By M.R. Narayan Swamy
New Delhi, November 1, 2007 (IANS) From heads of state and government to experts and activists, around 1,000 people from the world will take part in an international conference on federalism here next week.
Conference leaders say the Nov 5-7 meet - the fourth in a series organised by the Canada-based Forum of Federations - will provide a platform for exchanges of ideas that can prove useful to countries in turmoil such as Sri Lanka.
For a country where federalism as a concept has proved greatly successful, the Indian contingent will include Prime Minister Manmohan Singh, Congress President Sonia Gandhi, Opposition Leader L.K. Advani and Home Minister Shivraj Patil.
"The most important thing is it provides a unique learning event - from practitioners, for practitioners," Rupak Chattopadhyaya of Forum of Federations told IANS. "They come together to share each other's experience."
Among the foreign participants will be Presidents Micheline Calmy-Rey of Switzerland and Ahmed Abdallah M. Sambi of Comoros, Vice President Goodluck Jonathan of Nigeria and Prime Minister Meles Zenawi of Ethiopia, which is to hold the fifth edition of the International Conference on Federalism.
There will be high-level teams from Bosnia, Canada, Germany, Mexico, Austria besides Pakistan and Nepal. Iraq, Sudan, Malaysia, South Africa, Argentina, Brazil, Bolivia, Libya and the United Arab Emirates will also be taking part.
Sri Lanka, where a Tamil homeland campaign raging since 1983 refuses to end, is sending two senior cabinet ministers, Mahinda Samarasinghe and Rauff Hakeem. Two Tamil politicians will also attend: K. Vigneswaran and Gajendran Ponnambalam.
Another Sri Lankan Minister, Tissa Vitharana, who is battling against tremendous odds to evolve a national consensus on a power sharing formula, may also come.
"The Indian experience is very important in federalism," said Chattopadhyaya. "India is seen as an emerging economy. But Indian federalism is the real success story of the last 60 years."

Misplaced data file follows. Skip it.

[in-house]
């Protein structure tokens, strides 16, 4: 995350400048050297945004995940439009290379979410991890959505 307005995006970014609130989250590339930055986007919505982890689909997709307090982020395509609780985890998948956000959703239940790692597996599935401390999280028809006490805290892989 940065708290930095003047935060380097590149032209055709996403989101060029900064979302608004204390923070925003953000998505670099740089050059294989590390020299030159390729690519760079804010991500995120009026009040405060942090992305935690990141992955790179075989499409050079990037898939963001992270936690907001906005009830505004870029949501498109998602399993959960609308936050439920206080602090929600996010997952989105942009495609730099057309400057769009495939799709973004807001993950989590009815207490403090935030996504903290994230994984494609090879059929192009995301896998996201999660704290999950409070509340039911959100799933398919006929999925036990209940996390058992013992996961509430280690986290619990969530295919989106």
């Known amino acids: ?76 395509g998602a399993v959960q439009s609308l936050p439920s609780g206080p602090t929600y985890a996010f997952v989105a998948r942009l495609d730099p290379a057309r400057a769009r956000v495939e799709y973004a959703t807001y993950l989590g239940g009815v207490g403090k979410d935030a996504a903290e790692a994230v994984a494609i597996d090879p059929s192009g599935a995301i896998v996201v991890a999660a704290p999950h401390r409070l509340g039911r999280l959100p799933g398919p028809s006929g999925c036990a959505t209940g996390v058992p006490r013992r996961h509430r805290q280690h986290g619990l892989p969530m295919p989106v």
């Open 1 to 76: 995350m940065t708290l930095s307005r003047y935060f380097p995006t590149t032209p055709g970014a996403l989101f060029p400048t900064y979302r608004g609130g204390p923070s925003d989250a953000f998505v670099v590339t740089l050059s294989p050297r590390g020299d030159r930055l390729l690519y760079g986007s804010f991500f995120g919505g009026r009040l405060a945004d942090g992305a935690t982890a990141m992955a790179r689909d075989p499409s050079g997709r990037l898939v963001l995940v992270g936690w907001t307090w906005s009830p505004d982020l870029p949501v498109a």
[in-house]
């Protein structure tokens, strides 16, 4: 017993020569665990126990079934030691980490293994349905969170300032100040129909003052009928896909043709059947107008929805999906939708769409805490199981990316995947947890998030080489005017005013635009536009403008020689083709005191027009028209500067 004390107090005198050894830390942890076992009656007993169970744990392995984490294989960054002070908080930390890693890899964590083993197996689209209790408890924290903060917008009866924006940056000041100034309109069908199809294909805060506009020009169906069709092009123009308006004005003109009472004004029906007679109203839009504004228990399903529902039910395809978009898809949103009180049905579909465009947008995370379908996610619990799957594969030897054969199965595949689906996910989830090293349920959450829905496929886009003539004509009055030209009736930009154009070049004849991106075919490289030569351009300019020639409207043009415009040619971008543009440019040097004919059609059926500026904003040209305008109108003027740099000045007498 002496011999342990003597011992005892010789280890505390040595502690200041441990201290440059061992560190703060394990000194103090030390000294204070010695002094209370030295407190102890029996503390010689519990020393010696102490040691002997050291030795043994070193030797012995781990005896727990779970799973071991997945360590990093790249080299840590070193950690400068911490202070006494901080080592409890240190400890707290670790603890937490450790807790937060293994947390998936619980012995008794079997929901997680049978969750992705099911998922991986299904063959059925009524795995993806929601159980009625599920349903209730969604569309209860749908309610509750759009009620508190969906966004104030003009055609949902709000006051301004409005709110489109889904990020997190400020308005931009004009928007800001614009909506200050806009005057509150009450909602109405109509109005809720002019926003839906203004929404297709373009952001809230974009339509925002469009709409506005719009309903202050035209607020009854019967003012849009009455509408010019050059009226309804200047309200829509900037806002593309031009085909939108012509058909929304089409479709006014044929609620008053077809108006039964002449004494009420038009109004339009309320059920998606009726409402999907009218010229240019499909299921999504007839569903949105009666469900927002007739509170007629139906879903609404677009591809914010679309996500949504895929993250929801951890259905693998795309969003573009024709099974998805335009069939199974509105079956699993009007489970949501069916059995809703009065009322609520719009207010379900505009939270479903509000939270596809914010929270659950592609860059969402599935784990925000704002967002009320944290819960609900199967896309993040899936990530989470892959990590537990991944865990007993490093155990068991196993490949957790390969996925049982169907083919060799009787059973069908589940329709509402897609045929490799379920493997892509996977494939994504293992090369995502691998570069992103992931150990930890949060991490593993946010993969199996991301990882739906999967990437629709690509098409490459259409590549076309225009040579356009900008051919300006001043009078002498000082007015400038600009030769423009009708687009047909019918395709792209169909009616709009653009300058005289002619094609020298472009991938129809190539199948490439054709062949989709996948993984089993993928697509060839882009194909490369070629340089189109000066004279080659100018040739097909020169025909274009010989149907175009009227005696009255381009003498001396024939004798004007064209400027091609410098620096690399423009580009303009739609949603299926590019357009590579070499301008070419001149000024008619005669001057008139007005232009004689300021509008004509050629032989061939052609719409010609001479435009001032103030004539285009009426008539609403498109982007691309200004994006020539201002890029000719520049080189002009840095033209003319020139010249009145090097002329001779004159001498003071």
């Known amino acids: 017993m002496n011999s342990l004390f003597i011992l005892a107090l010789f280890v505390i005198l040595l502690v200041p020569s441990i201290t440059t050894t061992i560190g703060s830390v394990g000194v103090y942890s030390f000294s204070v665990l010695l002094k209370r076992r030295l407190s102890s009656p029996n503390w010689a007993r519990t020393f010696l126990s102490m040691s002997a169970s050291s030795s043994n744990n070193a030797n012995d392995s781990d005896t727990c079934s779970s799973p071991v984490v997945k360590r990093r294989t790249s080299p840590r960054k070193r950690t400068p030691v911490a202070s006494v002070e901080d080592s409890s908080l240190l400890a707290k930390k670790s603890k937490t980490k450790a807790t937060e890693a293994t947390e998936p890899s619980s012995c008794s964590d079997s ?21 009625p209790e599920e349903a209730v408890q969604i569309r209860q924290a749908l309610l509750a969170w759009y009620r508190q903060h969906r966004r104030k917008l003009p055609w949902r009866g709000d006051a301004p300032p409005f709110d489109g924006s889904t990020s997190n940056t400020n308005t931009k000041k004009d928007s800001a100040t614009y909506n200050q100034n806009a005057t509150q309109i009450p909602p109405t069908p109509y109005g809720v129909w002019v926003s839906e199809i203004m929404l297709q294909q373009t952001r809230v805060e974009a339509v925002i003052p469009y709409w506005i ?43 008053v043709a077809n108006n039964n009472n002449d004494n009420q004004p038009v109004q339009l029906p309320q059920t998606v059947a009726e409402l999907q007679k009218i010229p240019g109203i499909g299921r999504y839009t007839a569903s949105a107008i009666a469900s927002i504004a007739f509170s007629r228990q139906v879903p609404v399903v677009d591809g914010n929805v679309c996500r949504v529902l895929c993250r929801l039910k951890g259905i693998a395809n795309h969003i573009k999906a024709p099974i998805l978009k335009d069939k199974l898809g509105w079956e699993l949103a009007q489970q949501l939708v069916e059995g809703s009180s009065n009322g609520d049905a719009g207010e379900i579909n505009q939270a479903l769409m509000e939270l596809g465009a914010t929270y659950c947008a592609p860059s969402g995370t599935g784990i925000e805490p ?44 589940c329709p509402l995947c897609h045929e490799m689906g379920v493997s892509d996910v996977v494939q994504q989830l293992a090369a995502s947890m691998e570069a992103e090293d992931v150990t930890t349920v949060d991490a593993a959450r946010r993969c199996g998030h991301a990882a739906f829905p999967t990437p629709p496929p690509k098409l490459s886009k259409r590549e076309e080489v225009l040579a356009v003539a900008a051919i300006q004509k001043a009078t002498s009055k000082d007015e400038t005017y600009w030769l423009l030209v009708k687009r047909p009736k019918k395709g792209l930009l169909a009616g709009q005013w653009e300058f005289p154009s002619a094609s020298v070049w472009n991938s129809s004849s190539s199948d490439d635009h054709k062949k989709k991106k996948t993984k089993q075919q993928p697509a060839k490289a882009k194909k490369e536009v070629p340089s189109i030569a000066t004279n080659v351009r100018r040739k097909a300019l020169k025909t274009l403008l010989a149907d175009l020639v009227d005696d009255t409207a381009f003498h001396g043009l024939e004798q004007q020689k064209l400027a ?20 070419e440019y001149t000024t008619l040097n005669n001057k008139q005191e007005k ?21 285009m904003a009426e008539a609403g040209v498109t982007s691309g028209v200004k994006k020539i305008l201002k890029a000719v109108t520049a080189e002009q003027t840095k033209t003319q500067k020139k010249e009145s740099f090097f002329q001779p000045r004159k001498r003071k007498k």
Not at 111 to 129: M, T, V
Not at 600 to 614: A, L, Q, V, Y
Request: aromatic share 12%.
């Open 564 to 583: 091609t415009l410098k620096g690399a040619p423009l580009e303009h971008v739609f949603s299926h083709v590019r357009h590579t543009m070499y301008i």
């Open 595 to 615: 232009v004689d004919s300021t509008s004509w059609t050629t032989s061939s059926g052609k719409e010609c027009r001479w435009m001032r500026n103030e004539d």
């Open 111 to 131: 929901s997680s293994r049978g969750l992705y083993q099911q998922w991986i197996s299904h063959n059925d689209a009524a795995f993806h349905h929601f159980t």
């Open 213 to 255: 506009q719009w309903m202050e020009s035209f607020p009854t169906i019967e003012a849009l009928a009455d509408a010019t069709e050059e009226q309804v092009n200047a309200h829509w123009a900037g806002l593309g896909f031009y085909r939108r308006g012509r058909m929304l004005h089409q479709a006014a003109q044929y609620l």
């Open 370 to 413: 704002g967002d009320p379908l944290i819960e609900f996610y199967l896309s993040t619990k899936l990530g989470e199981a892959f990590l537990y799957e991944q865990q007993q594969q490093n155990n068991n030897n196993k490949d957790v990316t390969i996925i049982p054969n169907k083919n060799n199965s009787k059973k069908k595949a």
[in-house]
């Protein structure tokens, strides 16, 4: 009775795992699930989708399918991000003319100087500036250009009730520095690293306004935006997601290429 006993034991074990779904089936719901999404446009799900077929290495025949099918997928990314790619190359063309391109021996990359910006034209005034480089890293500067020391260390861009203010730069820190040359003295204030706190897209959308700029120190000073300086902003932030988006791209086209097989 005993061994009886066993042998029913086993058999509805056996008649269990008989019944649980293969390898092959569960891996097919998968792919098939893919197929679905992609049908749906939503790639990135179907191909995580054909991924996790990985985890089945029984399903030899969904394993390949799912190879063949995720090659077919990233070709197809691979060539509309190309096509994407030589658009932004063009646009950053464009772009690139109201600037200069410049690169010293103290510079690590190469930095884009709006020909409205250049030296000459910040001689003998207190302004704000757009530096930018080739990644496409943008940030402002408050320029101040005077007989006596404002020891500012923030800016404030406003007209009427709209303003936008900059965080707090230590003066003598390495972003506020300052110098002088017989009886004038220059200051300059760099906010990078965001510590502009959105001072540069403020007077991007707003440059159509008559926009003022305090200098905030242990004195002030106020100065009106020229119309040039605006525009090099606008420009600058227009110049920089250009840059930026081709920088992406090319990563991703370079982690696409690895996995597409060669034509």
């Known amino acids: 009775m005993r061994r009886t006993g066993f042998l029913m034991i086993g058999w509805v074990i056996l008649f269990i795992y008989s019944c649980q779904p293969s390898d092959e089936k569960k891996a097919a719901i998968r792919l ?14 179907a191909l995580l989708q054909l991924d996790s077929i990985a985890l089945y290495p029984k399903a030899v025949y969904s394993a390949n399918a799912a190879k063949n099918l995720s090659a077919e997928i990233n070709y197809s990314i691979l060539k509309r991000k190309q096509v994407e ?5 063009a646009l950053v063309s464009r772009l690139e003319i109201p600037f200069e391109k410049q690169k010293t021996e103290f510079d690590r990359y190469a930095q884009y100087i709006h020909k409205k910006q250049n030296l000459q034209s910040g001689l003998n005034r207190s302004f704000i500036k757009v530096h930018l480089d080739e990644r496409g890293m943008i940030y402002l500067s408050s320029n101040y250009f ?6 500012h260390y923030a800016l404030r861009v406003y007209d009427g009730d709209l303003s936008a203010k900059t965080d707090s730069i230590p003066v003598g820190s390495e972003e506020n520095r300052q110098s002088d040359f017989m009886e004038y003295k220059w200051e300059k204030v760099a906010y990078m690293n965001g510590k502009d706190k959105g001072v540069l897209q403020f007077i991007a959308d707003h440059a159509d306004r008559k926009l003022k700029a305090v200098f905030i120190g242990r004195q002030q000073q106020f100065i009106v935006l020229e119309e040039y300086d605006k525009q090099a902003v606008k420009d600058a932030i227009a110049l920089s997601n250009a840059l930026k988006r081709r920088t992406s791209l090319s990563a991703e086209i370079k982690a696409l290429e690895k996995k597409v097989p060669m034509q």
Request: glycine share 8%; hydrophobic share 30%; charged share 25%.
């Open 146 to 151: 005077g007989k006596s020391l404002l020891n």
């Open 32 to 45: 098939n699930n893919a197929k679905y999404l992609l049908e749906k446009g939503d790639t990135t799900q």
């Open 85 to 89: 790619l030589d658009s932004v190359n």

Amaresh Singh, Deputy Secretary in the Home Ministry, which is coordinating the event, said federal form of governance as an idea was in vogue today.
"Countries that practice federalism constitute 40 percent of the global population. Now we have this concept being looked into by countries in turmoil. The conference provides a place to learn from each other's experiences."
There will be a total of 35 sessions when government leaders, administrators, scholars, experts and activists will have intense discussions on federalism and better governance.
"The objective is to promote a dialogue on the renewal and development of federalism and greater cooperation among practitioners of federalism in pursuit of good governance," an Indian official explained.
Among the discussion themes will be: Can unity and diversity be reconciled? How do institutional arrangements for diversity evolve over time in established federations? How important is language policy as a tool of conflict resolution? How far should federations accommodate differences in resource endowments? How do federations reconcile overall economic stability with state autonomy? How do federations deal with water disputes? To what extent should local governments lead in the empowerment of disadvantaged groups?
There will be no grandstanding orations or official statements. Everyone will actively participate in the interactive work sessions, where they get exposed to diverse points of view and new insights.
Said Chattopadhyaya: "We hope people get inspired by practices in other countries and we hope this is then transmitted to improved practices in other countries.
"Given that many countries have many socio-economic problems, there will be good and bad lessons to be shared and learnt."
(Courtesy: Indo-Asian News Service)